Examining common signs of fraudulent transactions
You have just received a large quantity order for one item that a customer wants sent overnight. You note that the billing address is not the same as the delivery address and that the consumer has a free e-mail account. It’s one of the largest orders you’ve seen in a long time and you get right to the task of shipping it out.
Wait a minute, not so fast. You may want to do a few things to protect yourself.
The fact is the scenario above has four warning signs that should alert you to the possibility that the person ordering your wares is doing so with a stolen credit card. The four signs are:
- It’s a large order of one item.
- There’s a rush put on the order.
- The billing and delivery address do not match.
- The customer is using a free e-mail account.
Any one of the above four signs are indicators that you’re in danger of being ripped off; all four together are a recipe for losing your shirt on the order. Here are a dozen behaviors or instances that should raise concerns about an order.
Large orders of one item or orders that cost a lot are indicators that someone may be using illegal means to procure your products. A person using a stolen credit card has a small window of opportunity during which they can score, and so they will try to steal as much as they can as quickly as they can.
Rush or overnight orders, especially when quick-shipping costs don’t seem warranted, are suspect. If someone is willing to add a large percentage of cash to their order, they may be doing so to get it into their hands before you can become suspicious.
If the billing address and delivery address do not match, it is not certain that someone is trying to steal from you; there are many legitimate reasons for shipping to another location. However, if a customer is having the order shipped to a hotel or they hold a credit card based in a country other than the one being shipped to, you should be concerned.
The customer’s e-mail is through a free service. Free e-mail addresses are easy to establish and often tough to trace. Again, someone using a free e-mail service is not necessarily a crook but if someone is doing so, look for other signs and check them out in other ways.
A confirmation e-mail for the order is sent and it comes back as being undeliverable. If the customer made a mistake on their e-mail, they will contact you. If they are trying to get something for nothing, they will not.
You cannot verify the shipping address. If you cannot verify who, if anyone, lives at the particular address then hold onto your products.
You are unable to confirm the phone number. These should match-the phone number listed for the card holder and the number that they provide to you.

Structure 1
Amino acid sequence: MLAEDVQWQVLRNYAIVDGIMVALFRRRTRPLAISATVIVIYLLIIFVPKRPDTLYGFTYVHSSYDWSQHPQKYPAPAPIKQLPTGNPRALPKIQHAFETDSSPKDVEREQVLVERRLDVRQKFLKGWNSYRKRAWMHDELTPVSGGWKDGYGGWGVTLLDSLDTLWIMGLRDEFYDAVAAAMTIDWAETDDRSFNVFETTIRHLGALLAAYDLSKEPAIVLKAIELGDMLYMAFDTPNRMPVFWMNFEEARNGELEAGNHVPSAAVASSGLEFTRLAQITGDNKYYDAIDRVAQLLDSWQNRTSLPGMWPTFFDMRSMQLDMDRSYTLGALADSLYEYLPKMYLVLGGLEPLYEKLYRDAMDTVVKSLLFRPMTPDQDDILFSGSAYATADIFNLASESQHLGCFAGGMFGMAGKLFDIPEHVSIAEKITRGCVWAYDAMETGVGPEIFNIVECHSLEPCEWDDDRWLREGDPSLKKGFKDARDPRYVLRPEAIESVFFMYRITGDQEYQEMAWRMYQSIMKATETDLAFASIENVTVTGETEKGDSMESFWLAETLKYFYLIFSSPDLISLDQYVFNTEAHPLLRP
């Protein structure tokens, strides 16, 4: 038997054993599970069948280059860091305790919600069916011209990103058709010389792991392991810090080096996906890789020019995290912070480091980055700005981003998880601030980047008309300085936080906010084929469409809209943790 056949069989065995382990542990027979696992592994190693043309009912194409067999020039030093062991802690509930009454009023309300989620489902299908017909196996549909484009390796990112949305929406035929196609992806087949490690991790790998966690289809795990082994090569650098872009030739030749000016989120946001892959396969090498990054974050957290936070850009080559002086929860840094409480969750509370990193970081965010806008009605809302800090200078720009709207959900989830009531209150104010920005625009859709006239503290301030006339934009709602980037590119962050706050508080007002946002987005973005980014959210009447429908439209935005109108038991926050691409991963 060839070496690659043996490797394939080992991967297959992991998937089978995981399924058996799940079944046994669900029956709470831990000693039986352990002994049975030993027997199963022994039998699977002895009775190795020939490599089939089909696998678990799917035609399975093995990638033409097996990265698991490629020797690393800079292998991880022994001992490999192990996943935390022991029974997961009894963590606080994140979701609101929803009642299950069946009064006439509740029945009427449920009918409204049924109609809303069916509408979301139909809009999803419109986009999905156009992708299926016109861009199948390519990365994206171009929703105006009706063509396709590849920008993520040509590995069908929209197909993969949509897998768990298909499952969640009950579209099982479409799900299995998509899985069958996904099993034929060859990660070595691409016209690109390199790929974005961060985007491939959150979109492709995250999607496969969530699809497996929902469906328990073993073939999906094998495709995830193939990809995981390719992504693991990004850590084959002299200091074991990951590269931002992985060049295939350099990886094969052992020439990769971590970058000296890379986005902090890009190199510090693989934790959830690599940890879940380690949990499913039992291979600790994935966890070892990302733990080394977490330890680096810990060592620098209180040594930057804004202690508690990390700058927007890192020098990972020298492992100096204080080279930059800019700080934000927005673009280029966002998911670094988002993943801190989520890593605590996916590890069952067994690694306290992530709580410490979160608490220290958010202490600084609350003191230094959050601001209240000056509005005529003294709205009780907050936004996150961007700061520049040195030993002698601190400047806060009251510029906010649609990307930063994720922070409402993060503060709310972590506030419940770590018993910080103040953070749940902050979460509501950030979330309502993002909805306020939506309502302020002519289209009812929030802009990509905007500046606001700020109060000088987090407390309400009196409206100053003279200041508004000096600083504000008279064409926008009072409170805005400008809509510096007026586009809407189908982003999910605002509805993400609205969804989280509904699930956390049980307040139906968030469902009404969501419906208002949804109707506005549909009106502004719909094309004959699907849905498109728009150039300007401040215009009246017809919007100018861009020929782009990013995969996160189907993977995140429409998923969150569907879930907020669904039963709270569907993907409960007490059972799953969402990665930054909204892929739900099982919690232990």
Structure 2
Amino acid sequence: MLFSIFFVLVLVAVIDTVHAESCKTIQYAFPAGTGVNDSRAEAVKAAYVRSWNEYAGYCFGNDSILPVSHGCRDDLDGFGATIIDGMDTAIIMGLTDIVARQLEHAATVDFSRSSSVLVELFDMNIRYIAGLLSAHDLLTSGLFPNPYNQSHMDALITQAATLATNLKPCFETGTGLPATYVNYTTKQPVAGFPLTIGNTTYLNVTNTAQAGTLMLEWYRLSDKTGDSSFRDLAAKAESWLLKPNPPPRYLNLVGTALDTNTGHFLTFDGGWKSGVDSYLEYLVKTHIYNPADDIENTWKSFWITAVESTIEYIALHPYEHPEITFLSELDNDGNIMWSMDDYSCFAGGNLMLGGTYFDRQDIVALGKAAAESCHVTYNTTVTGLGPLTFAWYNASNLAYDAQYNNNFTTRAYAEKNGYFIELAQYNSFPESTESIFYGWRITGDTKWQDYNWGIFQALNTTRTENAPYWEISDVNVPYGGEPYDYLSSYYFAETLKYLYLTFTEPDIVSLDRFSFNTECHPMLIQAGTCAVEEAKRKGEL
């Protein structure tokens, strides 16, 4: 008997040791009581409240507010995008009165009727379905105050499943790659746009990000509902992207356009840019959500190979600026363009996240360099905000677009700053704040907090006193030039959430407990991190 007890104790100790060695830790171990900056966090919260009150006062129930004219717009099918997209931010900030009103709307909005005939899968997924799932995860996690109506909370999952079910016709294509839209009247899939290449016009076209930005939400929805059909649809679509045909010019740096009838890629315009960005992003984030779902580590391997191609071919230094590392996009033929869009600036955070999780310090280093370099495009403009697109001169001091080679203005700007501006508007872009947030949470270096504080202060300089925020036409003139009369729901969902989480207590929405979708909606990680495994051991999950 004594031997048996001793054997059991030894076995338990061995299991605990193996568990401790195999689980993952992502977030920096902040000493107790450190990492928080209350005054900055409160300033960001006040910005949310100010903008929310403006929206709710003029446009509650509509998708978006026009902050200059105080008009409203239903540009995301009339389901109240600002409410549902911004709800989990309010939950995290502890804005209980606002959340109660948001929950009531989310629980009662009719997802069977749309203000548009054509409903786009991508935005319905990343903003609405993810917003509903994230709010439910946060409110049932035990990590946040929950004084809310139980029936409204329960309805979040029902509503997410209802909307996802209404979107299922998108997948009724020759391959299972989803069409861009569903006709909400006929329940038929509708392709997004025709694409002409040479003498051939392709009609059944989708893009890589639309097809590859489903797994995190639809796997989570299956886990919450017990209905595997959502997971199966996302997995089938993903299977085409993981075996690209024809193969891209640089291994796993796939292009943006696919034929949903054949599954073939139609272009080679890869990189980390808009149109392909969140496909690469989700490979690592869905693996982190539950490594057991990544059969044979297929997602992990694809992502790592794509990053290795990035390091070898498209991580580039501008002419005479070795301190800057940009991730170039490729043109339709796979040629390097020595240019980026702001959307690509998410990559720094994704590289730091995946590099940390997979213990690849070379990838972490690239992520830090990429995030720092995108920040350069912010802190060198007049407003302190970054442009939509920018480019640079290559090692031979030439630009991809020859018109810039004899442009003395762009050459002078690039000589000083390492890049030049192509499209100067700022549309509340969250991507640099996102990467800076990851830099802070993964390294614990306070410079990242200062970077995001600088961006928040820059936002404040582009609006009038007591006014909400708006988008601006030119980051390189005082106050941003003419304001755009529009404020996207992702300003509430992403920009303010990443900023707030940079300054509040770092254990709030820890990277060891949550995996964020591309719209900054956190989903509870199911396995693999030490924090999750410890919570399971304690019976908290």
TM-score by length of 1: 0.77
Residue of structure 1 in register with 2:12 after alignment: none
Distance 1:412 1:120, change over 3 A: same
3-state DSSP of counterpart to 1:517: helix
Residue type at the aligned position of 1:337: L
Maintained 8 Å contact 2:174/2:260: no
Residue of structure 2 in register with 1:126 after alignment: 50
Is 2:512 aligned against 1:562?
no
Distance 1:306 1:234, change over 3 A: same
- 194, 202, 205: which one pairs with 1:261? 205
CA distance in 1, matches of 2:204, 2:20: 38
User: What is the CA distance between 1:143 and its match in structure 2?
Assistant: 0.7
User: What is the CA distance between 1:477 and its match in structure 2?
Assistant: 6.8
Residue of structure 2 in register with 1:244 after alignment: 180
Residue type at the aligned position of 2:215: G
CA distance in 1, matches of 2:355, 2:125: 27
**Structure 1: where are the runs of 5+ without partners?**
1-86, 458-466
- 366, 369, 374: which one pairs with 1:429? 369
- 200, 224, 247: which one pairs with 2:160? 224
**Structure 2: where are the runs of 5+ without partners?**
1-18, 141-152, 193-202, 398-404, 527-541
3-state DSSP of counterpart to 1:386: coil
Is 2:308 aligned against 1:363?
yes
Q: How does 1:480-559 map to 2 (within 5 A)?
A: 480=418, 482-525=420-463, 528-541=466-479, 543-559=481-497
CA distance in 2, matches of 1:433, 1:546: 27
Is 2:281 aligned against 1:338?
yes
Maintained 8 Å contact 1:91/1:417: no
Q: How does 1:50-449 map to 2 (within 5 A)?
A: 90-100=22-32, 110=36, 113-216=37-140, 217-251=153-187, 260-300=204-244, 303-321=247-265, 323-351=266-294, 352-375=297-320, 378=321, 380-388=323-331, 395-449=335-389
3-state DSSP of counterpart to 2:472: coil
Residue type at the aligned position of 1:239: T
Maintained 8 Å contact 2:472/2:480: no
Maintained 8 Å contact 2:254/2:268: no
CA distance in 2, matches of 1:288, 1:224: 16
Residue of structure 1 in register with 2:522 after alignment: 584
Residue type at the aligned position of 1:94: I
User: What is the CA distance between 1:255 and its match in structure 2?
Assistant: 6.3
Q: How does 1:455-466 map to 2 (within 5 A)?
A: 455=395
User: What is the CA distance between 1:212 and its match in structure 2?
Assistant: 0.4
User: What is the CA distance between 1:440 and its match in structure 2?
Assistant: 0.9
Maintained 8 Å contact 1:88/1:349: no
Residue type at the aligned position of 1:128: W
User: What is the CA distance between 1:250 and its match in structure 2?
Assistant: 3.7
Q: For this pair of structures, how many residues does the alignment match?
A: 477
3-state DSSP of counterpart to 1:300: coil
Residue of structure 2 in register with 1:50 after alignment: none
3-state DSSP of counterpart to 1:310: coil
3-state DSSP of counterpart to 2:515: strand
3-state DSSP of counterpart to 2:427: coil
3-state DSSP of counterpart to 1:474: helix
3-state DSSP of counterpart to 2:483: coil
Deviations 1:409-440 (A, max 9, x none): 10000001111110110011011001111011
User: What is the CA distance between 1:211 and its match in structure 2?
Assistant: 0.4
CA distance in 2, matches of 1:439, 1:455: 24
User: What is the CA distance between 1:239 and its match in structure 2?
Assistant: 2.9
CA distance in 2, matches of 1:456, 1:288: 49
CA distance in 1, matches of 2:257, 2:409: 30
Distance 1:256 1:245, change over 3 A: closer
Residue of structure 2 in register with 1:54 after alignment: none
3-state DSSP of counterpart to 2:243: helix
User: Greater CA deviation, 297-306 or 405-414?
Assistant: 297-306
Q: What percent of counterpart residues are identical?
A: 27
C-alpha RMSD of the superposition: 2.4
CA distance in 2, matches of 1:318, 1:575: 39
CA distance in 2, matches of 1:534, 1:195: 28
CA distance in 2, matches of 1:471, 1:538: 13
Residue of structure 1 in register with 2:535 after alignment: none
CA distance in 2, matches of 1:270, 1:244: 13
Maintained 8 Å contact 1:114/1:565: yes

The buyer requests that the order simply be left at the door. This type of thief may know where the cardholder lives and can easily pick-up the order when it’s left on the doorstep.
You have not received all of the necessary information regarding the purchaser. The reason you want this data is to be able to confirm identity and the reason someone will not give it, is to ensure that you can’t confirm who they are.
Orders from the following countries are often fraudulent– Romania, Indonesia, Singapore, Ghana, Ukraine, Uganda, Nigeria, Hungary, Belarus, Estonia, Latvia, Lithuania, Slovak Republic, Russia, Yugoslavia, Macedonia, Philippines, Thailand, Malaysia. Many retailers simply won’t ship to these locations. If you decide to offer your products to these countries, make sure you verify all information prior to shipping.
The IP address (Internet Protocol address) for the user’s e-mail is from a network provider on a continent different than the billing address for the credit card. Why would someone living in California be ordering via an Asian-based web provider? The answer is they probably wouldn’t and that the card is likely stolen.
You are asked to ship to a postal box. These can be impossible to trace and are opened and closed easily. Only send your products to a home or a business.
Some of the above warning signs simply indicate that you should do some checking, while others are real deal breakers. Never send anything to anyone until you are certain that they are legitimate. Once someone rips you off, it can be impossible to recoup your money or your product. In part two of Ripped Off by a Customer, we’ll focus on steps retailers can take to ensure they’re serving honest customers and filling valid orders.